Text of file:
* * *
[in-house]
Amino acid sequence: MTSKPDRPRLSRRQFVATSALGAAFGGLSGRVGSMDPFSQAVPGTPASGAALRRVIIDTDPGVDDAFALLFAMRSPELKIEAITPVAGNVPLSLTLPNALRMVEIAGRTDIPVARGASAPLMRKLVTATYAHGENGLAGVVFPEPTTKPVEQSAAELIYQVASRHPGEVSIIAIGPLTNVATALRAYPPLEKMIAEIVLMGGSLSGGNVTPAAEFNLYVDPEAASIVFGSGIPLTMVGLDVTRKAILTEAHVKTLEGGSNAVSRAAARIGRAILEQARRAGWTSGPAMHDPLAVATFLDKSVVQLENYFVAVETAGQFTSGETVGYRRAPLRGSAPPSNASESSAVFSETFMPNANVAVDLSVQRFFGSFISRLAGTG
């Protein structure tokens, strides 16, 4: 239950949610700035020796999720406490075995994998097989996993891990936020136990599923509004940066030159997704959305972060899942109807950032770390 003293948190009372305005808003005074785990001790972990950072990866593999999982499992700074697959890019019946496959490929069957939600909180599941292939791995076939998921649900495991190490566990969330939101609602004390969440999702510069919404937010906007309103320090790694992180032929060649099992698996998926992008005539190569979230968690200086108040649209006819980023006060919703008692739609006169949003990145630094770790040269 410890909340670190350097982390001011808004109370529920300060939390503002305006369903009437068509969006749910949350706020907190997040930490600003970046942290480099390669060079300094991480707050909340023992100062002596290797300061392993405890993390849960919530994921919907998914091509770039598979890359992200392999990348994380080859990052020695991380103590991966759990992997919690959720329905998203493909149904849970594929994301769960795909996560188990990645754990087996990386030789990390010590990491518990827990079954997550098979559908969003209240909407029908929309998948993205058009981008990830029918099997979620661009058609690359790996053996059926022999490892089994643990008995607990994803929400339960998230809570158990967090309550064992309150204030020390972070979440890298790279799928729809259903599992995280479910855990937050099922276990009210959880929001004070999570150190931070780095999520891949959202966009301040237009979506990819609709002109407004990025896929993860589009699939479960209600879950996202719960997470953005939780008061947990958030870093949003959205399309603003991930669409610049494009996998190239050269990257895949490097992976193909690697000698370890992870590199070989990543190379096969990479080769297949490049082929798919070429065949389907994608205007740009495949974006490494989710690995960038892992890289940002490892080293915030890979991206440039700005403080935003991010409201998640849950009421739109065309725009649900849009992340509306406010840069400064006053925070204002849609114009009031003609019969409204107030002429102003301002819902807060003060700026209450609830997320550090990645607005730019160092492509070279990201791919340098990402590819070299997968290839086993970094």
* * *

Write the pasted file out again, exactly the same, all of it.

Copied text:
[in-house]
Amino acid sequence: MTSKPDRPRLSRRQFVATSALGAAFGGLSGRVGSMDPFSQAVPGTPASGAALRRVIIDTDPGVDDAFALLFAMRSPELKIEAITPVAGNVPLSLTLPNALRMVEIAGRTDIPVARGASAPLMRKLVTATYAHGENGLAGVVFPEPTTKPVEQSAAELIYQVASRHPGEVSIIAIGPLTNVATALRAYPPLEKMIAEIVLMGGSLSGGNVTPAAEFNLYVDPEAASIVFGSGIPLTMVGLDVTRKAILTEAHVKTLEGGSNAVSRAAARIGRAILEQARRAGWTSGPAMHDPLAVATFLDKSVVQLENYFVAVETAGQFTSGETVGYRRAPLRGSAPPSNASESSAVFSETFMPNANVAVDLSVQRFFGSFISRLAGTG
């Protein structure tokens, strides 16, 4: 239950949610700035020796999720406490075995994998097989996993891990936020136990599923509004940066030159997704959305972060899942109807950032770390 003293948190009372305005808003005074785990001790972990950072990866593999999982499992700074697959890019019946496959490929069957939600909180599941292939791995076939998921649900495991190490566990969330939101609602004390969440999702510069919404937010906007309103320090790694992180032929060649099992698996998926992008005539190569979230968690200086108040649209006819980023006060919703008692739609006169949003990145630094770790040269 410890909340670190350097982390001011808004109370529920300060939390503002305006369903009437068509969006749910949350706020907190997040930490600003970046942290480099390669060079300094991480707050909340023992100062002596290797300061392993405890993390849960919530994921919907998914091509770039598979890359992200392999990348994380080859990052020695991380103590991966759990992997919690959720329905998203493909149904849970594929994301769960795909996560188990990645754990087996990386030789990390010590990491518990827990079954997550098979559908969003209240909407029908929309998948993205058009981008990830029918099997979620661009058609690359790996053996059926022999490892089994643990008995607990994803929400339960998230809570158990967090309550064992309150204030020390972070979440890298790279799928729809259903599992995280479910855990937050099922276990009210959880929001004070999570150190931070780095999520891949959202966009301040237009979506990819609709002109407004990025896929993860589009699939479960209600879950996202719960997470953005939780008061947990958030870093949003959205399309603003991930669409610049494009996998190239050269990257895949490097992976193909690697000698370890992870590199070989990543190379096969990479080769297949490049082929798919070429065949389907994608205007740009495949974006490494989710690995960038892992890289940002490892080293915030890979991206440039700005403080935003991010409201998640849950009421739109065309725009649900849009992340509306406010840069400064006053925070204002849609114009009031003609019969409204107030002429102003301002819902807060003060700026209450609830997320550090990645607005730019160092492509070279990201791919340098990402590819070299997968290839086993970094």